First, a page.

GWENDY’S FINAL TASK by Stephen King and Richard Chizmar

GWENDY’S FINAL TASK

Stephen King (stephenking.com)

Richard Chizmar (richardchizmar.com)

Hodder & Stoughton (hodder.co.uk)

Cemetery Dance (cemeterydance.com)

£16.99 / $28.00

Buy a copy:

UK hardcover

Cemetery Dance Trade Edition

When she was twelve years old, Gwendy Peterson met a stranger named Richard Farris in her home town of Castle Rock, Maine. Farris entrusted Gwendy with a mysterious box with levers that provided gifts – coins and out-of-this-world chocolate animals – and coloured buttons that promised death and destruction around the world. Throughout her life Gwendy has taken possession of the box on several occasions. Now in her twilight years, Gwendy is a successful novelist and the junior senator for the state of Maine. Recovering from the death of her beloved husband, and battling the early symptoms of Alzheimer’s, she has once again come into possession of the box. This time, Farris tells her, she must put it somewhere out of reach of humanity in order to save her world and all worlds. So, before she forgets who she is, and what she must do, Gwendy Peterson is going to space.

Constant Readers first met Gwendy Peterson in 2017 as Stephen King and Richard Chizmar took us back to the Castle Rock of King’s early novels in Gwendy’s Button Box. Gwendy’s Magic Feather followed, with Chizmar on solo writing duties. Now the gang is back together to bring us the closing volume of this wonderful trilogy, as Gwendy is tasked with hiding the box somewhere that no-one will find it. Gwendy’s Final Task takes our heroine (and the reader) to MF-1, an orbital space station owned by none other than the Tet Corporation, in the company of assorted astronauts and scientists, and one billionaire who has more than a passing interest in the secure case that Gwendy is carrying.

Gwendy’s Final Task is a reasonably short novel by King standards, though it’s the longest of the trilogy. Despite its length (or lack thereof), it still manages to pack a lot in between the gorgeous covers, both in terms of the central plot and connections to the wider King universe. The story alternates between Gwendy’s trip into space and a series of flashbacks designed to fill the reader in on how we’ve reached this point. As ever, character is key, and in Gwendy we find an older woman who is beginning to feel her age. She has had great success as a novelist, and as a politician, much of it thanks to the mysterious box that comes and goes from her life. That life, now, is dominated by the illness that is constantly hanging over her; much of what she does is driven by the looming threat of forgetting who she is. King and Chizmar take a sensitive look at Alzheimer’s, focussing on its dehumanising impact, and using it as the driving force behind the story.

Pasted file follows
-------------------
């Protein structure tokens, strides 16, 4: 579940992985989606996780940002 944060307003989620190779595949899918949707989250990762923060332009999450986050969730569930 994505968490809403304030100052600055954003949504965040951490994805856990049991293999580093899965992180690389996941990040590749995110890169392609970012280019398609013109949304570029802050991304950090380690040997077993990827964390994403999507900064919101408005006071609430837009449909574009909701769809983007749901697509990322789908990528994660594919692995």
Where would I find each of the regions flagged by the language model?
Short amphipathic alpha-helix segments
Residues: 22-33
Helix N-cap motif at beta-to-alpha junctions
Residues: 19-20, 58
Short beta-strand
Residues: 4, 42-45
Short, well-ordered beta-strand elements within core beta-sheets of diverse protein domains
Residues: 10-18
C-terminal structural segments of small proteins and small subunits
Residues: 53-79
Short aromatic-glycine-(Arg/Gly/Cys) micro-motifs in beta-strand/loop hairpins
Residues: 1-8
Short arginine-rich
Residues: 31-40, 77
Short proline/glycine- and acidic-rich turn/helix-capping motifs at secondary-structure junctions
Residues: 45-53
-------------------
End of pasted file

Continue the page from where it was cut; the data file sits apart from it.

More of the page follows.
Gareth Winston is a billionaire who has bought his way onto the flight. We recognise him immediately as a villain – an entitled, obnoxious bully who would fit in well with the likes of Big Jim Rennie or Norman Daniels. Winston has an ulterior motive and, as we progress through the story, it becomes clear that he knows what Gwendy is carrying, and is determined to get his grubby mitts on it. How he knows is something we learn as we go along, while it doesn’t take too much imagination to guess what his intentions are.

In a series of flashbacks, we discover how Gwendy has ended up on a spaceship, but also discover the circumstances behind her husband’s death. A trip to King’s other famous fictional town – Derry, Maine – sees Gwendy’s husband, Ryan, encounter some men who look like animals wearing badly-made human masks and long yellow dusters, and driving cars that are almost, but not quite, right. The inclusion of Farris in this story is no coincidence and we discover that the box – the fabled button box that is once again in Gwendy’s possession – could destroy more than just this world, thus tying one more novel into the overarching Dark Tower mythos and allowing one more author – this time Richard Chizmar, who takes to the playground with childlike abandon – into that fabled universe.

Gwendy’s Final Task is a worthy conclusion to this excellent trilogy, and it’s good to see King back in the driving seat. Don’t get me wrong, Chizmar is an author at the top of his game (if you haven’t read last year’s Chasing The Boogeyman, you’re missing out on one of the best novels of the year, in any genre), but there is something symbolic about King being involved in closing out this trilogy, and introducing the Dark Tower elements that go some way towards explaining the box’s origins. This is King, after almost fifty years writing and publishing books, showing us that he still has what it takes, while bringing new talent along for the ride. These two are a match made in heaven and it feels like both have learned from the other, creating a minor masterpiece that is at least as good as King’s earlier collaborations with Peter Straub – The Talisman and Black House.

Exciting and touching, this brings to a close the story of a character whom we have watched grow from a 12-year-old girl into a 64-year-old woman over the course of three excellent books. It’s a wonderful addition to the King canon, while also introducing the excellent Richard Chizmar to a well-deserved much wider audience. A beautiful story to tide us over until Fairy Tale arrives later this year, it will leave Constant Readers everywhere satisfied. This CR, at least, hopes that there is more to come from this duo, but will equally be eagerly awaiting whatever solo works are coming down the line. It will come as no surprise to regular visitors that I recommend this – and the whole Gwendy trilogy – wholeheartedly and unreservedly.

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